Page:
After she graduated from college, Hannah* could have settled into the normal rhythms of “adult life,” staying in her comfort zone.
Instead, she moved to urban South Asia to spend six months at Serge’s Freedom Bakery.
“I started baking with my grandmother when I was little,” says Hannah. “She had a stool and I remember standing on it and mixing things.”
Hannah has always loved to bake and has been interested in international missions work. In college, she began to develop a passion for justice for women as well. So when, Hannah’s roommate told her about Serge’s Freedom Bakery in South Asia, everything just started to click into place.
“So many women in my own life struggle with freedom and identity. Women’s rights have always been a big deal to me,” says Hannah.
“So as I began to be educated as to what is actually is happening in the world, whether its sex trafficking or female circumcision or slavery, I began to feel this burden for women having the opportunity. I didn’t want to just draw a red ‘X’ on my hand and post it to Instagram. I didn’t want to just talk about it. I wanted to be about it. I wanted to actually do something…
When this opportunity came up it just made sense for me. It combined my passions and intertwined them and that made me really excited.
The women who are employed at the Freedom Bakery are women have been exploited their whole lives but they are now being given an opportunity to make a better life for themselves and their families – while hearing about Jesus. I was like ‘Heck yeah! I’m there.’”
Since joining the Freedom Bakery for a six-month missions internship, Hannah has been thrown headfirst into the world of Business for Transformation.
She’s building relationships with the women, leading devotions, developing and improving recipes, training the women and staff to make new products, and generally being a steady presence in the kitchen, through love and genuine care.
“It’s been a constant battle of ‘What is my purpose here?’” says Hannah. “‘Am I even making a difference? Six months, does that even matter?’ Then I have to remind myself: these women matter, and me being here matters.
First and foremost, I want the gospel to be heard, and secondly, I want women to have a chance for a better life.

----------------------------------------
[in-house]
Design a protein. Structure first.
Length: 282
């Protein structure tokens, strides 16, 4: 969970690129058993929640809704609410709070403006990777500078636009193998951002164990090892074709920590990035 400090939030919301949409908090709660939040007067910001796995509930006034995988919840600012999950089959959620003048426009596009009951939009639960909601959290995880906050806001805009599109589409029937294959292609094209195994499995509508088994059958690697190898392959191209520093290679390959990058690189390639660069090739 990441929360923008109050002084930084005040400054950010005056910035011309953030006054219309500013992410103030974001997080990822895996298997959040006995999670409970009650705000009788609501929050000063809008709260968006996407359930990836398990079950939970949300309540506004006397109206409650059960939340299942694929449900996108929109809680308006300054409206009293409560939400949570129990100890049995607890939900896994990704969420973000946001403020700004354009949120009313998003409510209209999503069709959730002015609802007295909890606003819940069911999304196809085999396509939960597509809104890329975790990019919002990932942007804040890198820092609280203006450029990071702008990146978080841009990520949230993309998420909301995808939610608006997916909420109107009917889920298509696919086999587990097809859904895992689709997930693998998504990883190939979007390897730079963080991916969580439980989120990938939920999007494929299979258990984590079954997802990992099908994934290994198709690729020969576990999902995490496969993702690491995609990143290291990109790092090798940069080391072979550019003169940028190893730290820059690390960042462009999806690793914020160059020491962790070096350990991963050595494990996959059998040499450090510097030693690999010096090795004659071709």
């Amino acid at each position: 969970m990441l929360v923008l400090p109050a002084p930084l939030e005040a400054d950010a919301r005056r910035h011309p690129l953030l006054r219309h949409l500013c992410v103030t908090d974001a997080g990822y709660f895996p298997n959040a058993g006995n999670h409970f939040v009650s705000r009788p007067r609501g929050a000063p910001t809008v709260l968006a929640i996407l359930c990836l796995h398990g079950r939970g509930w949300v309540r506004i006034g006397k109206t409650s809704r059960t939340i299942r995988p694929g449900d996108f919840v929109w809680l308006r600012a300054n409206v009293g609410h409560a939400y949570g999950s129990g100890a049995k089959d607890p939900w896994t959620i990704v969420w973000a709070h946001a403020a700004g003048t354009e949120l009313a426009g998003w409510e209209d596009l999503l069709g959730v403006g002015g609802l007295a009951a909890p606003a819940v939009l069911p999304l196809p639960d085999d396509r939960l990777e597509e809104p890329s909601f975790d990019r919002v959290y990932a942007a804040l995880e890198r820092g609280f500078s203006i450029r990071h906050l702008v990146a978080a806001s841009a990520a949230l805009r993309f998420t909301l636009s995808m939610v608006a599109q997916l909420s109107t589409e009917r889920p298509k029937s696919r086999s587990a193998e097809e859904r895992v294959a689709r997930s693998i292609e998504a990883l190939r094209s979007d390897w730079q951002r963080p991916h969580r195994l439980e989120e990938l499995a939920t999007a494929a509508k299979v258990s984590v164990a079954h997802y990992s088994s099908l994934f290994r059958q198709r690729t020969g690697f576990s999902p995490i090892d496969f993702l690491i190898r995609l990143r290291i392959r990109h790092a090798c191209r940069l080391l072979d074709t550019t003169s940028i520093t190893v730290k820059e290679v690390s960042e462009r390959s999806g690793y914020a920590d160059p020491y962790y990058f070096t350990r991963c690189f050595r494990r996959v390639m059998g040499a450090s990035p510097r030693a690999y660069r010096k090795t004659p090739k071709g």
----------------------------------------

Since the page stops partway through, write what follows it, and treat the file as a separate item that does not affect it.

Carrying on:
“The woman who’s standing in front of me, she has worth, she has value. And if we can enable her and empower her and educate her then her family is being empowered. We’re helping her, but the ripple effect of that is that, because of her job, her daughters might not have to be in the trade one day.”
The thing that I love most about Hannah’s story is that she has been able to take something she was passionate about, a seemingly mundane hobby, and use it for the purposes of building the Kingdom of God.
God can and does use our passions and skills for His purposes, even those we don’t expect to be redemptive at all.
For me, that was the coffee industry.
After college, I was struggling to make ends meet as a freelance writer, and ended up working part-time as a barista in a café bakery. I love coffee, but at the time, that job was just a way to make rent, my temporary means to buy groceries. Little did I know that several years down the road I would be using that experience to help build the coffee operations for a bakery to provide alternative employment for women seemingly trapped in the sex trade.
For Hannah, that was baking.
Baking was nostalgia, something she did with her grandmother. It was a way to express herself creatively and bring a smile to someone’s face. It was a fun way to make a few extra bucks in college. But then, suddenly, Hannah finds herself in a position where she can use her experiences as a talented baker to bring the gospel, training, and empowerment to some very broken women in a very broken city.
“Just be willing to do things,” says Hannah. “Don’t underestimate the skills and abilities that God has given you. And be willing to step out and to use those abilities. Because if you’re not, then what is the impact that you’re making?
I was just a college grad who baked some cakes for fun on the side, and now I’m sitting in India getting to teach women who were in the trade for years and years, but now have a sustainable job and can provide for their families with what they’re doing. I think that’s how the kingdom of God works. He takes broken people and uses them.
There’s a passage in Hosea that talks about being a door of hope:
“And there I will give her her vineyards and make the Valley of Achor a door of hope. And there she shall answer as in the days of her youth, as at the time when she came out of the land of Egypt.” (Hosea 2:15)
That’s something that I want to be for people.”
*Names have been changed for security purposes.